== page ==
That's correct. And this is what, as you say, it makes Gaston quite interesting. He's a complicated figure, but in the conventional understanding of American law and the law of slavery in the antebellum South, Gaston is often depicted as someone who is who was a an anti-slavery judge and jurist, and the reason, well, there are many reasons. He gave a famous speech for example, an address at the University of North Carolina in 1832, in which he expressly called for the end of slavery. And he said, you know some fairly pointed things about slavery, and that's a well known speech, you know, to to scholars of the period and of Gaston, and he also wrote opinions on the North Carolina Supreme Court, which were different in some respects from the from many of the other slavery cases, and in some respects they did tend to push the law of North Carolina in a direction that was, I think, intended to mitigate the harshness of slavery, in some cases. And then also he's well known for defending the rights of free blacks in North Carolina. So he, both, as a judge, wrote opinions that did that to some extent, and we can talk about the limitations of what he did later on. But also outside the courtroom, so you know, Gaston was one of a small handful of the most prominent political and legal figures in the State for several decades, and he attended and played a significant role in a constitutional convention in the 1830s in North Carolina, and at that convention he fought a value, but losing battle on behalf of free black citizens to preserve the franchise, to preserve the right to vote, which until that time had been exercised by free African Americans in North Carolina. And so when you put things like, you know those kinds of events together, there's a basis, a reason why historians have generally looked favorably on Gaston when it comes to questions like the law of slavery, and the rights of free blacks.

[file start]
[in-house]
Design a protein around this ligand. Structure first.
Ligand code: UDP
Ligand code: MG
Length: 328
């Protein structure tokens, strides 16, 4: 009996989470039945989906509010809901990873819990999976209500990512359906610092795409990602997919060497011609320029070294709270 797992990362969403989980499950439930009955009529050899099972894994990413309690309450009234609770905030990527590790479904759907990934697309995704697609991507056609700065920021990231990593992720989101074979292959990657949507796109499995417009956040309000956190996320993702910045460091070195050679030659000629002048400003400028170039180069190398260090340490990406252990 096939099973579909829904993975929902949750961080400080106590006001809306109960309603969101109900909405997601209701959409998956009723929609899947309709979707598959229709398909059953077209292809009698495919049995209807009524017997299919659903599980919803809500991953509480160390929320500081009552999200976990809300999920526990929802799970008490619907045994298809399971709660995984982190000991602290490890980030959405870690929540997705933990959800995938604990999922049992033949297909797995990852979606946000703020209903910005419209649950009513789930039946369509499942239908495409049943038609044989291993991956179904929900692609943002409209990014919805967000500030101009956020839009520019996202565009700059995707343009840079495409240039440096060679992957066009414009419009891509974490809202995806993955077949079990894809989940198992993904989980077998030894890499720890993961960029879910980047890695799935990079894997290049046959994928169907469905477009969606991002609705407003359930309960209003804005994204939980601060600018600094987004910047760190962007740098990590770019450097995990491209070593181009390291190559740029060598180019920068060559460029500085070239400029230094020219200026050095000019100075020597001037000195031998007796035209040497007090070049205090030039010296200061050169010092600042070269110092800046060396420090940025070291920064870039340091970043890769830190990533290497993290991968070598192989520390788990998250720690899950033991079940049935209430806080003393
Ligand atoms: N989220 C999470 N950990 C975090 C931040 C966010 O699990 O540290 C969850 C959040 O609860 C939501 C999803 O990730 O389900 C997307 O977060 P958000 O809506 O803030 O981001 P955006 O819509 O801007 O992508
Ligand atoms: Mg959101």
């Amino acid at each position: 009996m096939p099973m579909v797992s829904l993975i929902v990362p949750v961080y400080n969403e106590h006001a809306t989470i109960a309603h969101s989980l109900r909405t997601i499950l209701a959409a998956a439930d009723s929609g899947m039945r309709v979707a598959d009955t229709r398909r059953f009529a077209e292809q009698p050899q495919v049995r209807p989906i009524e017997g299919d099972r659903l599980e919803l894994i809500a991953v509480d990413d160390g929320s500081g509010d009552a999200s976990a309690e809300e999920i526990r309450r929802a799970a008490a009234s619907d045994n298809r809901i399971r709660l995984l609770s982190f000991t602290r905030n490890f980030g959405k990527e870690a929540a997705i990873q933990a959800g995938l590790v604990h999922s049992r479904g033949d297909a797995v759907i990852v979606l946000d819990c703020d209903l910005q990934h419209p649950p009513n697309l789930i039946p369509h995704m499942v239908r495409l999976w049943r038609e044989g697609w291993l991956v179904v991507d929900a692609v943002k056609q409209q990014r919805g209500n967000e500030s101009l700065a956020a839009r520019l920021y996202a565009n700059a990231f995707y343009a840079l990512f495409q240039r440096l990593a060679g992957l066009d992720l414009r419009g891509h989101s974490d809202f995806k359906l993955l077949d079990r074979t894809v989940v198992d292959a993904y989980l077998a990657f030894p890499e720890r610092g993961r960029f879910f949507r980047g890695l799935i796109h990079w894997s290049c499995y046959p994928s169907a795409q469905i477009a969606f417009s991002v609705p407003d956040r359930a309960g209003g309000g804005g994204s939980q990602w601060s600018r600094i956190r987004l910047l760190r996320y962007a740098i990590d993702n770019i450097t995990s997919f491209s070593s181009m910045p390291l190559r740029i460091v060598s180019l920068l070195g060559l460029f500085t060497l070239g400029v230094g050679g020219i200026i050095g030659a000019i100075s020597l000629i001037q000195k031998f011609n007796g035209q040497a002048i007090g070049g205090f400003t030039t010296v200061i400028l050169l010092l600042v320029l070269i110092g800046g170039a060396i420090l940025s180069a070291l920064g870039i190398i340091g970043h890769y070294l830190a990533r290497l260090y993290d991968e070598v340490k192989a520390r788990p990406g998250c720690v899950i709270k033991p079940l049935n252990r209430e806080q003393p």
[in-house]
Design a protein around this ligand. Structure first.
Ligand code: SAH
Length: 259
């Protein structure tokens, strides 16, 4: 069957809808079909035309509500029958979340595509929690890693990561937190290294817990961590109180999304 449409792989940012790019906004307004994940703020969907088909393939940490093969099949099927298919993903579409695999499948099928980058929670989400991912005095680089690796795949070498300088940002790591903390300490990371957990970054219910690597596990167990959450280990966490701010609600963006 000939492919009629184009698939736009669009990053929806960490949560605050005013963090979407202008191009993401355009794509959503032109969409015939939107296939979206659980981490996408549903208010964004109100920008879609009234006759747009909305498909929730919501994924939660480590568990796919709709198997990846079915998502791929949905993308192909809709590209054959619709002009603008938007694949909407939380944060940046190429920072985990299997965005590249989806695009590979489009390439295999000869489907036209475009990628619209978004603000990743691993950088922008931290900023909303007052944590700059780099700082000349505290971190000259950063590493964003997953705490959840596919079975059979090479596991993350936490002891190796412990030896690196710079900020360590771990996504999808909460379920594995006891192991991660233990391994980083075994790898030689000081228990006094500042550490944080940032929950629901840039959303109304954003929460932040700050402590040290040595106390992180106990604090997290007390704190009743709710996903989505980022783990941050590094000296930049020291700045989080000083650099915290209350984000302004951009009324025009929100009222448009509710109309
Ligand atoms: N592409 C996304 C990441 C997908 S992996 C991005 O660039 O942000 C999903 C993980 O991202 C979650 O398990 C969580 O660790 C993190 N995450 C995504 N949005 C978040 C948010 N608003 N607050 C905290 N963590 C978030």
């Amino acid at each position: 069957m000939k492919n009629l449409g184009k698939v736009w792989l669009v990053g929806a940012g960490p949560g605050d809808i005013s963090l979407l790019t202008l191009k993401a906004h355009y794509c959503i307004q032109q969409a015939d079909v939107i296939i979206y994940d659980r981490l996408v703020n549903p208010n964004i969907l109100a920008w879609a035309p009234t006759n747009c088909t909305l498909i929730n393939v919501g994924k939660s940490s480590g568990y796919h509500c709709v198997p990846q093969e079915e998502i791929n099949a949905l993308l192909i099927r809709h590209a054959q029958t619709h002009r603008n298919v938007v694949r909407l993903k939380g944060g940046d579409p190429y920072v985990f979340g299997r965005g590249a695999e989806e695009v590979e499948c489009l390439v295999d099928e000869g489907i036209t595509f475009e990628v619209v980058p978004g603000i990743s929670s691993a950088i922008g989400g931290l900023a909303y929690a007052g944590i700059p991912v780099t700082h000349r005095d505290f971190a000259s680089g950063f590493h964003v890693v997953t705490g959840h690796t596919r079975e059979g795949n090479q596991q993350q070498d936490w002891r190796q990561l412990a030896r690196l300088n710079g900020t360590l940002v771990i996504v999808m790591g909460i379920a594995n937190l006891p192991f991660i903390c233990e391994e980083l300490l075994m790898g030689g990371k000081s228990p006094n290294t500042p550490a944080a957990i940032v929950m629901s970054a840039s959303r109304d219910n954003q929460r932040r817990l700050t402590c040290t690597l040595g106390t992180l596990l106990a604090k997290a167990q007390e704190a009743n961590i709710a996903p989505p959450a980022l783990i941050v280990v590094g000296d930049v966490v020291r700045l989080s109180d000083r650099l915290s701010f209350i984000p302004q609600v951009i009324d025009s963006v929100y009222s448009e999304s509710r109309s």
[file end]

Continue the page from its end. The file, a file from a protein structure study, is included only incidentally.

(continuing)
Adam Rothman
Yeah, thanks for that backdrop. I recently read that 1832 speech that Gaston gave, and he does have a section in it where he's very critical of the impact of slavery on society and culture in North Carolina. He says that slavery is fatal to economy and providence. But he doesn't go into, he proposes no solution. He doesn't actually advocate for emancipation or abolition. He says, this is not the time to discuss those things, which is an interesting limit to his ability to criticize slavery in public. But it is interesting that even though he condemned slavery in one 1832, he's then that following year named to the North Carolina Supreme Court. So perhaps that shows some of the limited space for dissent in a place like North Carolina.